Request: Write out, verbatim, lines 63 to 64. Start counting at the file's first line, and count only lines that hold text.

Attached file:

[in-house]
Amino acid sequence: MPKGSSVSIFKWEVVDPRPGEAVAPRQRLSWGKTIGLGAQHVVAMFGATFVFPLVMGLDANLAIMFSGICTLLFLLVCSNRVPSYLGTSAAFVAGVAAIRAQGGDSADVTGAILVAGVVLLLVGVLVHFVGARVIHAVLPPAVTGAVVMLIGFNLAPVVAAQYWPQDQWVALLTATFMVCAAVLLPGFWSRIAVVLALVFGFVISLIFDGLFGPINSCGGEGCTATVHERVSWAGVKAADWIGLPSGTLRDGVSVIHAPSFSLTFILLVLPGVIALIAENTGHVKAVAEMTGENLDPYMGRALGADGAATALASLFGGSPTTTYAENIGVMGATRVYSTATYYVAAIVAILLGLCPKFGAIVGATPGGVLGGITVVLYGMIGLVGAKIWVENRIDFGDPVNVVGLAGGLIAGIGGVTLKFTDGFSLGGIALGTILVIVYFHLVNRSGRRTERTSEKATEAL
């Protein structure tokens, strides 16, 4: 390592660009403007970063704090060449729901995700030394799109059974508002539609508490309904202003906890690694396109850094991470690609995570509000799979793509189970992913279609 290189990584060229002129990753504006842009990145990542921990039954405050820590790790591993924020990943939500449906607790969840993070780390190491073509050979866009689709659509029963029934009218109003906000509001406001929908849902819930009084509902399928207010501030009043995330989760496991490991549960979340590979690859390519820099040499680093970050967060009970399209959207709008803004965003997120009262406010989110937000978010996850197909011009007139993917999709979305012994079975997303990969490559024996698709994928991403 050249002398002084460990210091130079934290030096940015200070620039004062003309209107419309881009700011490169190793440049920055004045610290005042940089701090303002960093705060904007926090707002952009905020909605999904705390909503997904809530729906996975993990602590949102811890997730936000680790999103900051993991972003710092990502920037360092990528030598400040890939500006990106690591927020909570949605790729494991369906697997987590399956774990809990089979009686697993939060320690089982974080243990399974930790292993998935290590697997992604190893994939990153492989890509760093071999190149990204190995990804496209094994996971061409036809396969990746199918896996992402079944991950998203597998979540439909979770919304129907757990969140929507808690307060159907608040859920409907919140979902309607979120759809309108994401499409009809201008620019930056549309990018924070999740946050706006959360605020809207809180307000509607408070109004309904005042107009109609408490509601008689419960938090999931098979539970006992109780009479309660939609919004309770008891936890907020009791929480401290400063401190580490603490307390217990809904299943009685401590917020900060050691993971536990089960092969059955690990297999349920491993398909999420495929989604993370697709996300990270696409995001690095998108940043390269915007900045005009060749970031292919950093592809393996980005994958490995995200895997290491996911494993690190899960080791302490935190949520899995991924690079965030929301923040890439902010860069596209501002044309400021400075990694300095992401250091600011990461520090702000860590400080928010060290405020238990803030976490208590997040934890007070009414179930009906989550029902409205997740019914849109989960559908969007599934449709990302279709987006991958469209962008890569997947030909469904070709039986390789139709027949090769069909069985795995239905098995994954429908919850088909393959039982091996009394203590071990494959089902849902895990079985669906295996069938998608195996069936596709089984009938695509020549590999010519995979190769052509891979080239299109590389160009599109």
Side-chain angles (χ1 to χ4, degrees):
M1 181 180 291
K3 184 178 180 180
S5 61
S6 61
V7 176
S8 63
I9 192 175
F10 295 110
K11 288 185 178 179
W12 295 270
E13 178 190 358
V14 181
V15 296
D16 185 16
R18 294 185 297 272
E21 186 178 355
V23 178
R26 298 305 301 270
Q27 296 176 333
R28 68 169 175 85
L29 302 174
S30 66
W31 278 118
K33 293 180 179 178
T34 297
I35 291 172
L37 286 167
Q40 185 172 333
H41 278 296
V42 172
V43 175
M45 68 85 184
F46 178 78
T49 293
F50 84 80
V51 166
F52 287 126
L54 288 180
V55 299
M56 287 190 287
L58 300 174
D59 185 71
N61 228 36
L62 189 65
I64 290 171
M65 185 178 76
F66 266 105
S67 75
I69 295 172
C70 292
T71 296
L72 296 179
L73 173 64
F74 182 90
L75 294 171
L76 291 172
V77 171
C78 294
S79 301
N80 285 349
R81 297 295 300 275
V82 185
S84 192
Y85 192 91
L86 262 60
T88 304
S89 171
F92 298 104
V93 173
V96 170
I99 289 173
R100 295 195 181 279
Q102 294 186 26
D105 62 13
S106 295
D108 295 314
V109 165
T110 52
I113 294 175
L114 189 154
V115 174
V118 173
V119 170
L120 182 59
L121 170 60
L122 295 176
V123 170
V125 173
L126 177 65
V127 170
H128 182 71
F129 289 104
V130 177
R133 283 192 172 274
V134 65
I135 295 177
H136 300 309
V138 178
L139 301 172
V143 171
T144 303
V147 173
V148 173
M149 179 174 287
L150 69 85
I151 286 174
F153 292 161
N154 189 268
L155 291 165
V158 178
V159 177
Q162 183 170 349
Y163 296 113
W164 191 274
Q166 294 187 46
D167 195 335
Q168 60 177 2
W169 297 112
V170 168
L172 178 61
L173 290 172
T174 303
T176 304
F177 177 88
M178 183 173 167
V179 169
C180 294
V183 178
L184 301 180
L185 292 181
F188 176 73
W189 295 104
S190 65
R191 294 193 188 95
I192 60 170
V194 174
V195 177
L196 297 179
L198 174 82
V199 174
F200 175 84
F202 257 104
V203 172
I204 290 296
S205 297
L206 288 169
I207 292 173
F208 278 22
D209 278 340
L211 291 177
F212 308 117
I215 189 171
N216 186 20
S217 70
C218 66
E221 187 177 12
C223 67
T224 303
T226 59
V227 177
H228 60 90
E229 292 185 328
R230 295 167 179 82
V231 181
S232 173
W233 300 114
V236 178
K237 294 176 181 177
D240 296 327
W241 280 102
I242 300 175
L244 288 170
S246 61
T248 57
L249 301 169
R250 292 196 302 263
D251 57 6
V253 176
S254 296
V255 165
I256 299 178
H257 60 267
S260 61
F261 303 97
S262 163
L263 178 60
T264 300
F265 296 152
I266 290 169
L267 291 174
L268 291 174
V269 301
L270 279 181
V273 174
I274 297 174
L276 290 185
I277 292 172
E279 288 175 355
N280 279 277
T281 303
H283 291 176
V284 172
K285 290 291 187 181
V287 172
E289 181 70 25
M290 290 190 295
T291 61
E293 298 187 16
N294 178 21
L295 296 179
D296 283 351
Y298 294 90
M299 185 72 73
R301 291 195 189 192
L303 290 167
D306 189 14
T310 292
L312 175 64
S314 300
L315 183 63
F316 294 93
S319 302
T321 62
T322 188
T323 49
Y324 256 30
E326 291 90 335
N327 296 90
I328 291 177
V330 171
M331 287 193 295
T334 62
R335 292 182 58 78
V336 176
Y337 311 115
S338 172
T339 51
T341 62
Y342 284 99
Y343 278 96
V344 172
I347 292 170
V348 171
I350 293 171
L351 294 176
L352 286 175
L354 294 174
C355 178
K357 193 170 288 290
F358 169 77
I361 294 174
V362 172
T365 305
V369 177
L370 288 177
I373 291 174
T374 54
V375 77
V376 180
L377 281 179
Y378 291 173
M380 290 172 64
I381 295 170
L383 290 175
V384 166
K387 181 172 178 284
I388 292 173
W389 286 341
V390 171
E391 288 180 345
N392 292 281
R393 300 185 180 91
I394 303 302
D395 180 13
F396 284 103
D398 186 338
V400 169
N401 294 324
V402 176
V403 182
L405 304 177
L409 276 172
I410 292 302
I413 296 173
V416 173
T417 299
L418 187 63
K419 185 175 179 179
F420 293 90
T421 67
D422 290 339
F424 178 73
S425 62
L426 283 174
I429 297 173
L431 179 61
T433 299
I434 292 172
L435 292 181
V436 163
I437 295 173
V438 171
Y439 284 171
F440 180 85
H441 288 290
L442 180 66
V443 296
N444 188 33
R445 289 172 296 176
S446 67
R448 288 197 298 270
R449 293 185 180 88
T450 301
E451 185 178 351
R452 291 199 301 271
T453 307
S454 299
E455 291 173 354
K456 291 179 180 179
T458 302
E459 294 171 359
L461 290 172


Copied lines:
S79 301
N80 285 349